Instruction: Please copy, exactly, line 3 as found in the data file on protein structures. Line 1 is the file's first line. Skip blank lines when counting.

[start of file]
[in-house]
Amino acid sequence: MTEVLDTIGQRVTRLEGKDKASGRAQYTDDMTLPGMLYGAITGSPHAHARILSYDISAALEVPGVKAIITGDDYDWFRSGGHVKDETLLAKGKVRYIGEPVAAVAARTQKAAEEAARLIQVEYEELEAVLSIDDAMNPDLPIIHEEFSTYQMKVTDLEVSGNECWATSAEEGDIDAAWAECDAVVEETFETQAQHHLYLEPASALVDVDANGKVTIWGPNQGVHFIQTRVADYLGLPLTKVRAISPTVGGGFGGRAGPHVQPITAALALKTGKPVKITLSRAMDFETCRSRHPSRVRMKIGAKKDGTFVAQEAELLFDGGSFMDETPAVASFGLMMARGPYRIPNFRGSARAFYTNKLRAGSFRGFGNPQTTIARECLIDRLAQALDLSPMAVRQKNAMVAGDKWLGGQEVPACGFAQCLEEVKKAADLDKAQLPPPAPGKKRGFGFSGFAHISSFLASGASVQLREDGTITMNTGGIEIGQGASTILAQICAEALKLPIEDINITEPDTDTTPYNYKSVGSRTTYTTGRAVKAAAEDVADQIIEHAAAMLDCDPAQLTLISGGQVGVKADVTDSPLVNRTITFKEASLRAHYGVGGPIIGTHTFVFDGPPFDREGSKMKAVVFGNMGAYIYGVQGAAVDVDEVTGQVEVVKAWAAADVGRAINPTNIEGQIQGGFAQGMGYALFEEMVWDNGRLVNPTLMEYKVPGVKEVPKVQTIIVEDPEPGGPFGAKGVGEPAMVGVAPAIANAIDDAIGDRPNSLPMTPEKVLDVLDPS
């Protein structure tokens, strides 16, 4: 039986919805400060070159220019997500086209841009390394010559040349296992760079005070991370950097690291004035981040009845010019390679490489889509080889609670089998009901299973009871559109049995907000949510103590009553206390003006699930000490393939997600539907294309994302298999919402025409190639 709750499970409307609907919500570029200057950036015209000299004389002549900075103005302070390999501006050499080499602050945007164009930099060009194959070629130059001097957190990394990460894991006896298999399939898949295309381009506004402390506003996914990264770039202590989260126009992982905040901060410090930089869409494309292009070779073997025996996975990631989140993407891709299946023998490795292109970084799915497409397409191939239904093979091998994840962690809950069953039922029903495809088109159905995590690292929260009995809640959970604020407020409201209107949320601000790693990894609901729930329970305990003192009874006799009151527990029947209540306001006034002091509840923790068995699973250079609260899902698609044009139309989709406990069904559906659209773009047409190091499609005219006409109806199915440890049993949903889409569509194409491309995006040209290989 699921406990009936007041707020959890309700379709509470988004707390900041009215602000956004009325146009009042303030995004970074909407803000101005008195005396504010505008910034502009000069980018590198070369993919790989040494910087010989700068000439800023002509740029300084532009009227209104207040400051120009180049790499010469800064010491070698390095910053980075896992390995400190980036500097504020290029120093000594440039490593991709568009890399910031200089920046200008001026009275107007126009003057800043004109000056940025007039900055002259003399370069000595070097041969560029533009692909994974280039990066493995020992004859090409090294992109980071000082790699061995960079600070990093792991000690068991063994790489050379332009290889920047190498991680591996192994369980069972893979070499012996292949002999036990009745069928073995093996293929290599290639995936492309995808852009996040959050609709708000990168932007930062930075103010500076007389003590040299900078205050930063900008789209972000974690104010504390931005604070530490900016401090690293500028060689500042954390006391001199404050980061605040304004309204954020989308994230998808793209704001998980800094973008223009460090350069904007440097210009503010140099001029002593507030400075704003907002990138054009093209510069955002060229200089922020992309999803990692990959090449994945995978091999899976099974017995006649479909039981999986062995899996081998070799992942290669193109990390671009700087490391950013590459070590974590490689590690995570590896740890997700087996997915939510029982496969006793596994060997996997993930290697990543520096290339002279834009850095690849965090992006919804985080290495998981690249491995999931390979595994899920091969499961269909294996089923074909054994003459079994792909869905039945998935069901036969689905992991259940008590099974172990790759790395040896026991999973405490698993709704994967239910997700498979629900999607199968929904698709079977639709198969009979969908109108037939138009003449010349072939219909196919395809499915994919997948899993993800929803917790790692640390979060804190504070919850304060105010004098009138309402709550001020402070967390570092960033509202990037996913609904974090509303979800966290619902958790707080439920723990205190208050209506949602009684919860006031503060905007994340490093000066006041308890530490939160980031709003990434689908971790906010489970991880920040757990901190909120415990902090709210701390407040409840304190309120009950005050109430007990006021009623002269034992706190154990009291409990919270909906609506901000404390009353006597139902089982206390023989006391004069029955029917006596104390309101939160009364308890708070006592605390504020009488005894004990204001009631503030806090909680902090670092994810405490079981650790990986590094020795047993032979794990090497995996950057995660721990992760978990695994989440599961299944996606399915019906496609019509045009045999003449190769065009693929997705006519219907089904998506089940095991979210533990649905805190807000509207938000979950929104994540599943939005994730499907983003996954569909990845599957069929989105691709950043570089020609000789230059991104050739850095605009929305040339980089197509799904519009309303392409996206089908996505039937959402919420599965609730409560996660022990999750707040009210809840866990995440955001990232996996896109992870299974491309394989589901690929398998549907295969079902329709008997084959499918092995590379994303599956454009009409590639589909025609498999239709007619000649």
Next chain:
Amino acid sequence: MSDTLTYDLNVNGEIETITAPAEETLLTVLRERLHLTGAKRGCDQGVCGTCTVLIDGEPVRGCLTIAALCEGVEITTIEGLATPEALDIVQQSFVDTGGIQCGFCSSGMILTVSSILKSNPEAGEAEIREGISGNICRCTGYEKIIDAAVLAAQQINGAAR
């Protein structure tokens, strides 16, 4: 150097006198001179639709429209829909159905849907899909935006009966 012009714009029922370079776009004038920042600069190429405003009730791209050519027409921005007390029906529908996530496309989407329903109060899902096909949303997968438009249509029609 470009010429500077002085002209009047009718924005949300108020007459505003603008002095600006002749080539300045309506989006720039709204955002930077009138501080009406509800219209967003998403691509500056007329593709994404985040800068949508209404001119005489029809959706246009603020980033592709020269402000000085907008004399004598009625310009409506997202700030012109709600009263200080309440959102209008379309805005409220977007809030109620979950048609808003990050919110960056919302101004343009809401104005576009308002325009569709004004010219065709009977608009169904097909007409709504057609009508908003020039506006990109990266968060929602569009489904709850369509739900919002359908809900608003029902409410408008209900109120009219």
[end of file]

């Protein structure tokens, strides 16, 4: 039986919805400060070159220019997500086209841009390394010559040349296992760079005070991370950097690291004035981040009845010019390679490489889509080889609670089998009901299973009871559109049995907000949510103590009553206390003006699930000490393939997600539907294309994302298999919402025409190639 709750499970409307609907919500570029200057950036015209000299004389002549900075103005302070390999501006050499080499602050945007164009930099060009194959070629130059001097957190990394990460894991006896298999399939898949295309381009506004402390506003996914990264770039202590989260126009992982905040901060410090930089869409494309292009070779073997025996996975990631989140993407891709299946023998490795292109970084799915497409397409191939239904093979091998994840962690809950069953039922029903495809088109159905995590690292929260009995809640959970604020407020409201209107949320601000790693990894609901729930329970305990003192009874006799009151527990029947209540306001006034002091509840923790068995699973250079609260899902698609044009139309989709406990069904559906659209773009047409190091499609005219006409109806199915440890049993949903889409569509194409491309995006040209290989 699921406990009936007041707020959890309700379709509470988004707390900041009215602000956004009325146009009042303030995004970074909407803000101005008195005396504010505008910034502009000069980018590198070369993919790989040494910087010989700068000439800023002509740029300084532009009227209104207040400051120009180049790499010469800064010491070698390095910053980075896992390995400190980036500097504020290029120093000594440039490593991709568009890399910031200089920046200008001026009275107007126009003057800043004109000056940025007039900055002259003399370069000595070097041969560029533009692909994974280039990066493995020992004859090409090294992109980071000082790699061995960079600070990093792991000690068991063994790489050379332009290889920047190498991680591996192994369980069972893979070499012996292949002999036990009745069928073995093996293929290599290639995936492309995808852009996040959050609709708000990168932007930062930075103010500076007389003590040299900078205050930063900008789209972000974690104010504390931005604070530490900016401090690293500028060689500042954390006391001199404050980061605040304004309204954020989308994230998808793209704001998980800094973008223009460090350069904007440097210009503010140099001029002593507030400075704003907002990138054009093209510069955002060229200089922020992309999803990692990959090449994945995978091999899976099974017995006649479909039981999986062995899996081998070799992942290669193109990390671009700087490391950013590459070590974590490689590690995570590896740890997700087996997915939510029982496969006793596994060997996997993930290697990543520096290339002279834009850095690849965090992006919804985080290495998981690249491995999931390979595994899920091969499961269909294996089923074909054994003459079994792909869905039945998935069901036969689905992991259940008590099974172990790759790395040896026991999973405490698993709704994967239910997700498979629900999607199968929904698709079977639709198969009979969908109108037939138009003449010349072939219909196919395809499915994919997948899993993800929803917790790692640390979060804190504070919850304060105010004098009138309402709550001020402070967390570092960033509202990037996913609904974090509303979800966290619902958790707080439920723990205190208050209506949602009684919860006031503060905007994340490093000066006041308890530490939160980031709003990434689908971790906010489970991880920040757990901190909120415990902090709210701390407040409840304190309120009950005050109430007990006021009623002269034992706190154990009291409990919270909906609506901000404390009353006597139902089982206390023989006391004069029955029917006596104390309101939160009364308890708070006592605390504020009488005894004990204001009631503030806090909680902090670092994810405490079981650790990986590094020795047993032979794990090497995996950057995660721990992760978990695994989440599961299944996606399915019906496609019509045009045999003449190769065009693929997705006519219907089904998506089940095991979210533990649905805190807000509207938000979950929104994540599943939005994730499907983003996954569909990845599957069929989105691709950043570089020609000789230059991104050739850095605009929305040339980089197509799904519009309303392409996206089908996505039937959402919420599965609730409560996660022990999750707040009210809840866990995440955001990232996996896109992870299974491309394989589901690929398998549907295969079902329709008997084959499918092995590379994303599956454009009409590639589909025609498999239709007619000649």